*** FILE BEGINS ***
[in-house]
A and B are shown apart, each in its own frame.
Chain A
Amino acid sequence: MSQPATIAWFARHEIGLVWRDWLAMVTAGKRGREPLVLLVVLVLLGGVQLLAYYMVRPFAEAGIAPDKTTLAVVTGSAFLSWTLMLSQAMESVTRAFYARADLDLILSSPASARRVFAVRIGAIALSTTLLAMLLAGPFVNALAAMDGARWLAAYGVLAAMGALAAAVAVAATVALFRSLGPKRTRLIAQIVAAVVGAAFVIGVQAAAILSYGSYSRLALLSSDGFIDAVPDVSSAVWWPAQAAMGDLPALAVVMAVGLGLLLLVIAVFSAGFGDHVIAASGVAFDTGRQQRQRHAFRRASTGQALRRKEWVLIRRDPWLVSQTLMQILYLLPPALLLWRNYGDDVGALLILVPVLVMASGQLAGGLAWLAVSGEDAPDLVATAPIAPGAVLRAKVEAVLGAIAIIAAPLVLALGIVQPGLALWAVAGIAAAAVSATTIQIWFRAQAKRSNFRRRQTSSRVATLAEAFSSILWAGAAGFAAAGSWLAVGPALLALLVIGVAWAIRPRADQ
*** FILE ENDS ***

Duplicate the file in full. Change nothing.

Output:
[in-house]
A and B are shown apart, each in its own frame.
Chain A
Amino acid sequence: MSQPATIAWFARHEIGLVWRDWLAMVTAGKRGREPLVLLVVLVLLGGVQLLAYYMVRPFAEAGIAPDKTTLAVVTGSAFLSWTLMLSQAMESVTRAFYARADLDLILSSPASARRVFAVRIGAIALSTTLLAMLLAGPFVNALAAMDGARWLAAYGVLAAMGALAAAVAVAATVALFRSLGPKRTRLIAQIVAAVVGAAFVIGVQAAAILSYGSYSRLALLSSDGFIDAVPDVSSAVWWPAQAAMGDLPALAVVMAVGLGLLLLVIAVFSAGFGDHVIAASGVAFDTGRQQRQRHAFRRASTGQALRRKEWVLIRRDPWLVSQTLMQILYLLPPALLLWRNYGDDVGALLILVPVLVMASGQLAGGLAWLAVSGEDAPDLVATAPIAPGAVLRAKVEAVLGAIAIIAAPLVLALGIVQPGLALWAVAGIAAAAVSATTIQIWFRAQAKRSNFRRRQTSSRVATLAEAFSSILWAGAAGFAAAGSWLAVGPALLALLVIGVAWAIRPRADQ